Abnormal maternal echocardiographic findings in triplet pregnancies presenting with dyspnoea
Objective: The objective of our study was to evaluate the prevalence of abnormal maternal echocardiographic findings in triplet pregnancies presenting with dyspnoea.
Study design: Between 2003 and 2013, patients’ records of 96 triplet pregnancies at our department were analysed including maternal and fetal outcome, echocardiographic parameters and N-terminal pro-B-type natriuretic peptide (NT-proBNP) levels. After exclusion of triplet pregnancies with fetal demise before 23 + 0 weeks, selective feticide or missing outcome data, the study population consisted of 60 triplet pregnancies. All women with dyspnoea underwent echocardiography and measurement of NT-proBNP.
Results: Dyspnoea towards the end of pregnancy was observed in 13.3 % (8/60) of all women with triplet pregnancies, and all of these women underwent echocardiography. The prevalence of abnormal echocardiographic findings in women with dyspnoea was 37.5 % (3/8) with peripartum cardiomyopathy in one woman. Median serum NT-proBNP was significantly higher in women with abnormal echocardiographic findings compared with those without (1779 ng/ml, range 1045–6076 ng/ml vs 172 ng/ml, range 50–311 ng/ml; p < 0.001 by Mann-Whitney-U Test).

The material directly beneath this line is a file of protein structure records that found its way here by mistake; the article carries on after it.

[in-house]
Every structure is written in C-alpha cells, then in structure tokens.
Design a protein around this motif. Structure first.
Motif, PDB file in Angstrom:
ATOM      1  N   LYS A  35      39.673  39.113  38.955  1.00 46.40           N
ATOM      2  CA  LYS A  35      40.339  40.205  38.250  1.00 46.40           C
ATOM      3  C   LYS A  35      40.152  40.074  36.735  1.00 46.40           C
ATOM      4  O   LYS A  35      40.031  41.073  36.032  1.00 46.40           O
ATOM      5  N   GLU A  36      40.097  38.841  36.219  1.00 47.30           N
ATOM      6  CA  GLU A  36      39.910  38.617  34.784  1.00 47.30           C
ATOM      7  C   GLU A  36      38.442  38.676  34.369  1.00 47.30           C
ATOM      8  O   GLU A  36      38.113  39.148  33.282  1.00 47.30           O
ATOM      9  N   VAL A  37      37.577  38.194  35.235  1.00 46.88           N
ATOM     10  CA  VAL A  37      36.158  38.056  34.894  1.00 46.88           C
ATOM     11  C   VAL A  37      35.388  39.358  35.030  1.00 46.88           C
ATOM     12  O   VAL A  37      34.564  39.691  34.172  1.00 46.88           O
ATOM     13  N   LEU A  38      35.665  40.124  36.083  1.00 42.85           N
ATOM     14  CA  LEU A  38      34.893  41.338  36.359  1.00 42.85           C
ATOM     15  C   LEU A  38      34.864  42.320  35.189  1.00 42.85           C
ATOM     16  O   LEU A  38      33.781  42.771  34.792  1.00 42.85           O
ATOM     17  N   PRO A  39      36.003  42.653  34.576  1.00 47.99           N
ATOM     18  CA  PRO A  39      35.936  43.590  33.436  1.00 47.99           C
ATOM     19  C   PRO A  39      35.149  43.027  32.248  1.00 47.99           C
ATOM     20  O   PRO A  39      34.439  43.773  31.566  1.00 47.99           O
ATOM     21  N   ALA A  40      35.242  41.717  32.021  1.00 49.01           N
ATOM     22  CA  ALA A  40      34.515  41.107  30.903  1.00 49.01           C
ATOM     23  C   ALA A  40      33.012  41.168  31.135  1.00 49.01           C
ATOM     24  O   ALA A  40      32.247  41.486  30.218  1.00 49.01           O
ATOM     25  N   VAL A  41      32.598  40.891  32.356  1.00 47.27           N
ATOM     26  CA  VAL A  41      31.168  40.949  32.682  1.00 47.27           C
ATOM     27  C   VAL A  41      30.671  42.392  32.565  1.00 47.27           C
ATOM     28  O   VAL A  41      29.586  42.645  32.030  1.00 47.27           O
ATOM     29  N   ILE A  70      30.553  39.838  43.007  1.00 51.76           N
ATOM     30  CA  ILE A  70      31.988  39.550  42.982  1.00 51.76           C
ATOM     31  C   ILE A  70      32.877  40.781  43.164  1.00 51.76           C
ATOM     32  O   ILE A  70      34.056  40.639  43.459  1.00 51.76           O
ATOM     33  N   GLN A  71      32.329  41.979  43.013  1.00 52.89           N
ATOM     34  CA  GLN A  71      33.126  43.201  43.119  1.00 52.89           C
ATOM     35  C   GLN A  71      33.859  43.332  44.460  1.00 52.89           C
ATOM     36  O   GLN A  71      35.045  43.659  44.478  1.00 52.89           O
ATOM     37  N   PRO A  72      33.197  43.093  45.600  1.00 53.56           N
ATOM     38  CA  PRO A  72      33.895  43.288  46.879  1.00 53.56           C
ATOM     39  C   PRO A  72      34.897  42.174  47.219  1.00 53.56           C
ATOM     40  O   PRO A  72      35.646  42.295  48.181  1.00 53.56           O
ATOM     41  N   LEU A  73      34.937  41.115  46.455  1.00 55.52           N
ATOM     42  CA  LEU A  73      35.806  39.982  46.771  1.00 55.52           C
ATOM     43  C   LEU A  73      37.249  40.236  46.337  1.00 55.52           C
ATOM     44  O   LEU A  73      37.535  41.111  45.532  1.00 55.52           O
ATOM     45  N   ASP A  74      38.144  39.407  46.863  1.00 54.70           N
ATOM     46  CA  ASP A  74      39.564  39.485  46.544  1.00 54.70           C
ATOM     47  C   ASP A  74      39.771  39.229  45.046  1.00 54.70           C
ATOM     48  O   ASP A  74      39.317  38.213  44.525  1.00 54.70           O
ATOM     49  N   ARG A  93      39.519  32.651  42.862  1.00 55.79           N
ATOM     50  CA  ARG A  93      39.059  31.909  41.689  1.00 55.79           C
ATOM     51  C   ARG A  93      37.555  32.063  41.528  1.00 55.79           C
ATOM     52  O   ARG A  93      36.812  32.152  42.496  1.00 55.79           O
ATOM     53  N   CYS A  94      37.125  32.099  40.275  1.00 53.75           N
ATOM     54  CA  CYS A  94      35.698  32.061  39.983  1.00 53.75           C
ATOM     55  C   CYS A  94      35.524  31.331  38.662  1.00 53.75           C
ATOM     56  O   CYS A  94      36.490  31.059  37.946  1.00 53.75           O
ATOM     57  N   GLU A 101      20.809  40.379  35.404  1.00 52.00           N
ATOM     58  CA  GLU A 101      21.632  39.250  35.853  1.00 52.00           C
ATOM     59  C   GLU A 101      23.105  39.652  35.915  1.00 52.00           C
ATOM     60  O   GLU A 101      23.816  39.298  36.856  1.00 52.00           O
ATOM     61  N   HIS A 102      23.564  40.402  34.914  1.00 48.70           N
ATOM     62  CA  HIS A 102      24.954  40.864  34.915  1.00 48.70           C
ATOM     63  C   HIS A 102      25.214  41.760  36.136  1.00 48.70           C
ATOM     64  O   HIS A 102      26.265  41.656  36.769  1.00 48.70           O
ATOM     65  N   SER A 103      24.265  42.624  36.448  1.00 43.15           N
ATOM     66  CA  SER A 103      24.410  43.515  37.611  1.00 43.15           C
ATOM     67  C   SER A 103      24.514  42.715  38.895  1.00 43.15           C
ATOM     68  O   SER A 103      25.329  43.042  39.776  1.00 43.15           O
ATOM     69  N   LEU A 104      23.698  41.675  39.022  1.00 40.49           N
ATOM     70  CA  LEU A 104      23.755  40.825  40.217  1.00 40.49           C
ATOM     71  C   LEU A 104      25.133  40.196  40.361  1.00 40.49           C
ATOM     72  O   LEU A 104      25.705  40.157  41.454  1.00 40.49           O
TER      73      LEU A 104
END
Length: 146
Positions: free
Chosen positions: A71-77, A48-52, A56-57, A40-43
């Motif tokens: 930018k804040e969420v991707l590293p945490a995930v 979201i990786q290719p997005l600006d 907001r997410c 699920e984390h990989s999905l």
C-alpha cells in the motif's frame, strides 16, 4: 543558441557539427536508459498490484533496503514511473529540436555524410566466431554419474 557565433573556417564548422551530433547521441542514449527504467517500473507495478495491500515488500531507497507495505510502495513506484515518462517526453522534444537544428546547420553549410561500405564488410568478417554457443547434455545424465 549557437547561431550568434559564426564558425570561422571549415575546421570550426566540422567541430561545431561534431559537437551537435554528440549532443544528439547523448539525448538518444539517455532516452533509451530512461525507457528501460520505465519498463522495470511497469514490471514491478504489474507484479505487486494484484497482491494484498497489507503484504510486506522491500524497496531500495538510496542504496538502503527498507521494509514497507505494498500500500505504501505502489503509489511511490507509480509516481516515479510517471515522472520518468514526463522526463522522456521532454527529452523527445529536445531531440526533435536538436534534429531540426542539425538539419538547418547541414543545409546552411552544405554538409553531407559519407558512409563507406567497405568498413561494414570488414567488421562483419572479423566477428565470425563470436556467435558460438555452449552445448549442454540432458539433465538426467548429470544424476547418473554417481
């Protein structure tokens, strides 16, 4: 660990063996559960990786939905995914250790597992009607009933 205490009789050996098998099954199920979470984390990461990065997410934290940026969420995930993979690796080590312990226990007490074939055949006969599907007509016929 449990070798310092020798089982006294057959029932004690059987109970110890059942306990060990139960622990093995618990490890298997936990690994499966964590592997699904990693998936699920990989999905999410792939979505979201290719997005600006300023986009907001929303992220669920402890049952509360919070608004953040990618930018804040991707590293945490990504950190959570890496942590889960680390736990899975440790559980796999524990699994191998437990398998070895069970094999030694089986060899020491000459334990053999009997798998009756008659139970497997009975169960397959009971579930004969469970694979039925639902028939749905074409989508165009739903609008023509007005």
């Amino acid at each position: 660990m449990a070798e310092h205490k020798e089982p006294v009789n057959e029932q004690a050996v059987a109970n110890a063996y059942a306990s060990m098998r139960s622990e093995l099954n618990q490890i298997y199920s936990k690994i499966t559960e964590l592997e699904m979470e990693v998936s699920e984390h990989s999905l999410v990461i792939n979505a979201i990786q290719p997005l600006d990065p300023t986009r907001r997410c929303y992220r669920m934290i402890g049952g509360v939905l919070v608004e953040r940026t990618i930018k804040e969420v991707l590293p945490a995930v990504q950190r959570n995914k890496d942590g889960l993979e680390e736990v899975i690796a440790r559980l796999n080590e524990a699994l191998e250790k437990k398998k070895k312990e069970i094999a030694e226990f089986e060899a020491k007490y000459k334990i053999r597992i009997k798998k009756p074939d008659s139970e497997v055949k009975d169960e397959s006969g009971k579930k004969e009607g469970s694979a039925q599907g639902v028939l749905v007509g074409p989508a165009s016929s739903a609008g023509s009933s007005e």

Conclusion: We conclude that triplet pregnancies presenting with dyspnoea show a high prevalence of abnormal echocardiographic findings. Since dyspnoea is a common sign in triplet pregnancies and is associated with a high rate of cardiac involvement, echocardiography and evaluation of maternal NT-proBNP could be considered to improve early diagnosis and perinatal management.